House Matters for May is out!

Newsletter – House matters May 2015
From attic openings to elk antlers, read all about what’s going on in the Hall this May!

DSC01779

Advertisements

My very first blog post

fernphoto My name is Fern Chambers and I’m one of Hardwick Halls many volunteers; a visitor experience volunteer to be exact. Now I know that sounds rather wordy but what it actually means is that I deal with customers little questions while I happen to be round and about the estate, to making sure no tweet remains unanswered.

Only recently I was sat at my desk at Lloyd’s mortgage department. I can’t say that I really imagined myself there age 19. I think I’d imagined myself on the way to landing my ideal job, or maybe studying at university. Perhaps somewhere a little more exciting or somewhere that didn’t involve a hundred phone calls a day regarding mortgages. Now I’m lucky enough to be sat writing this very blog at the lovely and entirely breath-taking Hardwick Hall. Now if I was going to volunteer at a National Trust property why would it be anywhere else other than the home of Elizabethan England’s most charismatic woman? (And also the home of Malfoy Manor to Potter fans of you out there.)

My volunteering came about through me beginning studying towards my degree in Events and Tourism management; part of this includes me spending a day working. Now every Thursday I spend the day at Hardwick dealing with mainly social media. From updating our blog to posting on Twitter; my time spent scrolling the newsfeed of Facebook and my 6,000+ tweets could finally be put to use. (Fitting something you want to say into just 140 characters is a lot tougher than it sounds!)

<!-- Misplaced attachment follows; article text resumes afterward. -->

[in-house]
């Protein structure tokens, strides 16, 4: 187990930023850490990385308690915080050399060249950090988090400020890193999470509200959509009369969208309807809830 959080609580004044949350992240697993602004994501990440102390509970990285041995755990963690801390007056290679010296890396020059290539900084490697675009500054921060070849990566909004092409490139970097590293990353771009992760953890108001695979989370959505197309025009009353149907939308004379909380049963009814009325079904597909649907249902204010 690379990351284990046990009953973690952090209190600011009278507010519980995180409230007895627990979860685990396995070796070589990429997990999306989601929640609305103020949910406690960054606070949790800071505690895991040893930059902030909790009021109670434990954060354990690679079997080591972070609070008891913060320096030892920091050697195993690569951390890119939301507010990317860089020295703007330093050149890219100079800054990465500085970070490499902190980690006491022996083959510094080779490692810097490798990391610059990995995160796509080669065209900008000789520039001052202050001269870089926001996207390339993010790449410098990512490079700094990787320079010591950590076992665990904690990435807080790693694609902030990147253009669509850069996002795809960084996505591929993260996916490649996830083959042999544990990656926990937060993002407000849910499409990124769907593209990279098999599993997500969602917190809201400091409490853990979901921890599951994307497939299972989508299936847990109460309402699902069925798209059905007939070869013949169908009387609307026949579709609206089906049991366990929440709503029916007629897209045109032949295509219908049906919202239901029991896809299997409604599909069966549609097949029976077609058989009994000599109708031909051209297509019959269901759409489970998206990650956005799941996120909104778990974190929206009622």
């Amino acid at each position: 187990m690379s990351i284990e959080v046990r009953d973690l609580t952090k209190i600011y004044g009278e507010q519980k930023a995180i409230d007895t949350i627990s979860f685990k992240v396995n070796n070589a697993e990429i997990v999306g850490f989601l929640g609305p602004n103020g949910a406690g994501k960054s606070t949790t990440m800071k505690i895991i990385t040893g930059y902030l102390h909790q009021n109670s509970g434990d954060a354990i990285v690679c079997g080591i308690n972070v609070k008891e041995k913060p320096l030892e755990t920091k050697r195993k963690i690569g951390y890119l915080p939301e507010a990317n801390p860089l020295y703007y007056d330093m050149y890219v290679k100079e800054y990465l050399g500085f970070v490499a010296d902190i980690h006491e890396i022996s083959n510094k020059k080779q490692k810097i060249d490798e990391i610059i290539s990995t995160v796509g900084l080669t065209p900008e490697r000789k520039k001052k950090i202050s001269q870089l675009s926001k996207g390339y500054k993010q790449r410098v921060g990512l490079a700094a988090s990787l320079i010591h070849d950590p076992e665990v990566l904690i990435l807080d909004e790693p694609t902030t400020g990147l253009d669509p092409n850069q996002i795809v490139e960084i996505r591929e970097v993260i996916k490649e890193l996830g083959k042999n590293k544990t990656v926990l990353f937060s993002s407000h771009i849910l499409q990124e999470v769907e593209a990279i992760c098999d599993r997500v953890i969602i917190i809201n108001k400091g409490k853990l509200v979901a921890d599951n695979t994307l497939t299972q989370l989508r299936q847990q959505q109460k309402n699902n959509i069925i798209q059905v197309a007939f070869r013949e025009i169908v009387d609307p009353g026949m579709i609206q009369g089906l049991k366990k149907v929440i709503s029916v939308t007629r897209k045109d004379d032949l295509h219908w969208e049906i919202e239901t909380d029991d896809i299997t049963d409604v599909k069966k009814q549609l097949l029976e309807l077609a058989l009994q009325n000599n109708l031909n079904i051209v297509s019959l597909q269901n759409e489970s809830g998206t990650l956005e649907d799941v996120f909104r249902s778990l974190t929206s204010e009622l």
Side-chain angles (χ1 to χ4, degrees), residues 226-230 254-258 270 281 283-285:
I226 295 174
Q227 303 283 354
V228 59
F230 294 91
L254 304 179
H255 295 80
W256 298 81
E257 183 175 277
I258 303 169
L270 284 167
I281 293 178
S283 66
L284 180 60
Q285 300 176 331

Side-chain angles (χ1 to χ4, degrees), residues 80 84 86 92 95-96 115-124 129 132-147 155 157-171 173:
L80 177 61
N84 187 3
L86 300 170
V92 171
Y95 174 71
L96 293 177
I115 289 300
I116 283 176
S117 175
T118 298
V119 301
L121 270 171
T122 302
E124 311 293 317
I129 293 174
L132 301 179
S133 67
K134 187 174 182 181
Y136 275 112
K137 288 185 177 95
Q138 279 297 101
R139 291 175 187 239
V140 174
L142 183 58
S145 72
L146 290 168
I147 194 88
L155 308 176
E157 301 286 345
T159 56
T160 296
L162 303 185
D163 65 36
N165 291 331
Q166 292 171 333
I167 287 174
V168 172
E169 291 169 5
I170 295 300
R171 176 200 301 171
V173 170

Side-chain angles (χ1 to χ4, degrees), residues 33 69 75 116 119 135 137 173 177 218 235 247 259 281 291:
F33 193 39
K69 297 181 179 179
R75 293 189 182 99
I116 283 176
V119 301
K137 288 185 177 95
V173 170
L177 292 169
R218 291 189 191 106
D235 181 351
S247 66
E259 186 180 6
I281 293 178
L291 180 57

On my first full day volunteering, I’d started the day wondering how on earth such an estate was going to find something I’d be useful for. This was most definitely put to rest once my manager Emily talked me through what I’d be doing. The rest of the day was made up mostly of joining the tours to improve my knowledge of Hardwick; another volunteer Harry Broadhurst was leading the tours around the Hall and Gardens. We focused on the history of Bess of Hardwick and the architect behind the property; Robert Smythson. Being quite a bit of a history fan anyway I loved this part of the day.

On another of my days here I spent the morning getting lost in the gardens taking photos for Twitter and Facebook where I bumped into Brian; a garden volunteer who kindly gave me a guided tour of the gardens – educating me along the way on the plants and trees we have here – all the while dodging apples from dropping onto our heads while we were in the orchard.

I don’t think I’ve spent a day here yet where I haven’t heard volunteers in the office below bursting into song which probably says a lot about being at Hardwick. Now I’ve been here for a few weeks I can definitely say that volunteering for the National Trust is all it’s cracked up to be – if not more.

If it sounds like something you might be interested in here’s a link to the Trust’s volunteering page: http://www.nationaltrust.org.uk/get-involved/volunteer/

A new beginning

In March 2011, I was sitting at my work desk pondering the future – my redundancy had just been confirmed and I was on 3 months’ notice.